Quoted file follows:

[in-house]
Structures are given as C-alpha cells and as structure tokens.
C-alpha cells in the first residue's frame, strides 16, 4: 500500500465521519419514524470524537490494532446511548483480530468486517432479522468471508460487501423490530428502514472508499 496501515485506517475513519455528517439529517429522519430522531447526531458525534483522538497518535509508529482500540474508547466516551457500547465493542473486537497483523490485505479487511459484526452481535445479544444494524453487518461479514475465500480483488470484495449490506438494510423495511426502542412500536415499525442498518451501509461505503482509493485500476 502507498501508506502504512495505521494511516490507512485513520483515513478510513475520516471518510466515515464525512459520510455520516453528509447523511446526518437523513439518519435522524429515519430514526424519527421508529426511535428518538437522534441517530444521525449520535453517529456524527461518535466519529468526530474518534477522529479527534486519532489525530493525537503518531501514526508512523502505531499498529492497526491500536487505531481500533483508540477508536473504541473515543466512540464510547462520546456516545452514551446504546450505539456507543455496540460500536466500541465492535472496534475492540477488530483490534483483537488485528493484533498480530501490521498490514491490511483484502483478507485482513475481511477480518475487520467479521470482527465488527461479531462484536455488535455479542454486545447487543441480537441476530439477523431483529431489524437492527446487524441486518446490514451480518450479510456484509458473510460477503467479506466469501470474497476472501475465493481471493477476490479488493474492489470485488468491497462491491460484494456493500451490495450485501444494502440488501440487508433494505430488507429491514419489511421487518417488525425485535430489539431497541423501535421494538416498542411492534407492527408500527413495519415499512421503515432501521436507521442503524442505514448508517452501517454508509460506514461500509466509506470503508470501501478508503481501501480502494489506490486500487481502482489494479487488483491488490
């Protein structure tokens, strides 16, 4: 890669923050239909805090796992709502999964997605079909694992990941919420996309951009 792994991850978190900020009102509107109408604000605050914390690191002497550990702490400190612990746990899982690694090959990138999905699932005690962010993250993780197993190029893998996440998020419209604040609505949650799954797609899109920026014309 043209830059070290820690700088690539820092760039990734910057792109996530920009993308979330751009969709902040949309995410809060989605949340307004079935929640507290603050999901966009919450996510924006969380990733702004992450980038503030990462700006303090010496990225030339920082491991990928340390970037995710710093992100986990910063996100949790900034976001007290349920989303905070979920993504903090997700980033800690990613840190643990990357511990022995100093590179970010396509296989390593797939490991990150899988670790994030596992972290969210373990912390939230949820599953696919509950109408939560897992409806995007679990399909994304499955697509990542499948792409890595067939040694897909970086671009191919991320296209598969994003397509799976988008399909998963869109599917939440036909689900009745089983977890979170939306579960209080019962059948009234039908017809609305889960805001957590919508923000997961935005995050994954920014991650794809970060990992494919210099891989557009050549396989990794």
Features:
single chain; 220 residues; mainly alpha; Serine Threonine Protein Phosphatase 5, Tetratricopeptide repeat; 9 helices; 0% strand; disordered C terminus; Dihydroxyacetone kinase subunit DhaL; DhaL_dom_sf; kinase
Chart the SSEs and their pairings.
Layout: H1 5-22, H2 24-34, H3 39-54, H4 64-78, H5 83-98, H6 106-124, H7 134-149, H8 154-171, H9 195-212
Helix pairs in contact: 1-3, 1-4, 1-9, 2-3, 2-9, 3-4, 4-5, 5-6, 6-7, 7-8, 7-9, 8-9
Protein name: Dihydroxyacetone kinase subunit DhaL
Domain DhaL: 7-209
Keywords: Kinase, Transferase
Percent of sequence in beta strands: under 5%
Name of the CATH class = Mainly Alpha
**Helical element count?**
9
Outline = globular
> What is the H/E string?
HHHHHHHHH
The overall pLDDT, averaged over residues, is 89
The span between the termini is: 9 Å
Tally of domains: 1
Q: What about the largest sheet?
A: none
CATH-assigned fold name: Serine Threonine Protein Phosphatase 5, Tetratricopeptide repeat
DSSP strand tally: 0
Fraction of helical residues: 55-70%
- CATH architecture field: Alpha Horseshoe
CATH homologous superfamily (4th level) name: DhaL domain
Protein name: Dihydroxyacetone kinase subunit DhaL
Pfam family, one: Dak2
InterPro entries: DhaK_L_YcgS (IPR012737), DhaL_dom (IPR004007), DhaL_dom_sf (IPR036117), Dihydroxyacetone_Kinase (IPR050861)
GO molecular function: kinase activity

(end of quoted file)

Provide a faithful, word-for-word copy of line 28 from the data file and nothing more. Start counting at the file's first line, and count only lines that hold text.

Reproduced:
- CATH architecture field: Alpha Horseshoe